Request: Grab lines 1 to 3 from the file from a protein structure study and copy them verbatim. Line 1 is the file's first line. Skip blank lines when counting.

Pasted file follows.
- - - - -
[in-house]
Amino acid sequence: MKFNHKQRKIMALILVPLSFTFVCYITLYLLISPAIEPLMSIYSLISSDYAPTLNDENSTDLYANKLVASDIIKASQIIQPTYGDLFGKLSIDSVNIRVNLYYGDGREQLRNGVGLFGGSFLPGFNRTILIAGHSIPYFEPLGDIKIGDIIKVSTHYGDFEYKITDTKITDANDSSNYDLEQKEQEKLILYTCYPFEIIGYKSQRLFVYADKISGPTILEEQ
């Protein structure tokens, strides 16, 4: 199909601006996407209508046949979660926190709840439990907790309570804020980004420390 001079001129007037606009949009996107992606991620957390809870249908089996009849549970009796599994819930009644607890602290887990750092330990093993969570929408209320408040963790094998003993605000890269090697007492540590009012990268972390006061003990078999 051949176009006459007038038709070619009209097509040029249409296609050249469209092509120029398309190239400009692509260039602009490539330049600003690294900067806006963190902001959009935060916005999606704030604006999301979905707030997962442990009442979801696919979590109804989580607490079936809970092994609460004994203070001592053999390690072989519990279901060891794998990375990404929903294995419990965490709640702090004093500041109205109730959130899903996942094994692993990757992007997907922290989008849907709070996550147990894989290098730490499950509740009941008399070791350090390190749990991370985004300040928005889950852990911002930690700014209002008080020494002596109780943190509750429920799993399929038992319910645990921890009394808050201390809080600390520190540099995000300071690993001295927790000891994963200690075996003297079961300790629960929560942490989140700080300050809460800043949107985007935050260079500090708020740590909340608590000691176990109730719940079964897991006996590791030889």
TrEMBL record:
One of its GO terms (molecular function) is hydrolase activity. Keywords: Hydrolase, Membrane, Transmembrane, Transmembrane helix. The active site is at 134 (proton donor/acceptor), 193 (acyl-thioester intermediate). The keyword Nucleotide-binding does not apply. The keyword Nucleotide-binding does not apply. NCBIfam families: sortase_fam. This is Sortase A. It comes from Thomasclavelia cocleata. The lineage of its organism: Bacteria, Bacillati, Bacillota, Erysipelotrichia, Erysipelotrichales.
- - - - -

[in-house]
Amino acid sequence: MKFNHKQRKIMALILVPLSFTFVCYITLYLLISPAIEPLMSIYSLISSDYAPTLNDENSTDLYANKLVASDIIKASQIIQPTYGDLFGKLSIDSVNIRVNLYYGDGREQLRNGVGLFGGSFLPGFNRTILIAGHSIPYFEPLGDIKIGDIIKVSTHYGDFEYKITDTKITDANDSSNYDLEQKEQEKLILYTCYPFEIIGYKSQRLFVYADKISGPTILEEQ
């Protein structure tokens, strides 16, 4: 199909601006996407209508046949979660926190709840439990907790309570804020980004420390 001079001129007037606009949009996107992606991620957390809870249908089996009849549970009796599994819930009644607890602290887990750092330990093993969570929408209320408040963790094998003993605000890269090697007492540590009012990268972390006061003990078999 051949176009006459007038038709070619009209097509040029249409296609050249469209092509120029398309190239400009692509260039602009490539330049600003690294900067806006963190902001959009935060916005999606704030604006999301979905707030997962442990009442979801696919979590109804989580607490079936809970092994609460004994203070001592053999390690072989519990279901060891794998990375990404929903294995419990965490709640702090004093500041109205109730959130899903996942094994692993990757992007997907922290989008849907709070996550147990894989290098730490499950509740009941008399070791350090390190749990991370985004300040928005889950852990911002930690700014209002008080020494002596109780943190509750429920799993399929038992319910645990921890009394808050201390809080600390520190540099995000300071690993001295927790000891994963200690075996003297079961300790629960929560942490989140700080300050809460800043949107985007935050260079500090708020740590909340608590000691176990109730719940079964897991006996590791030889």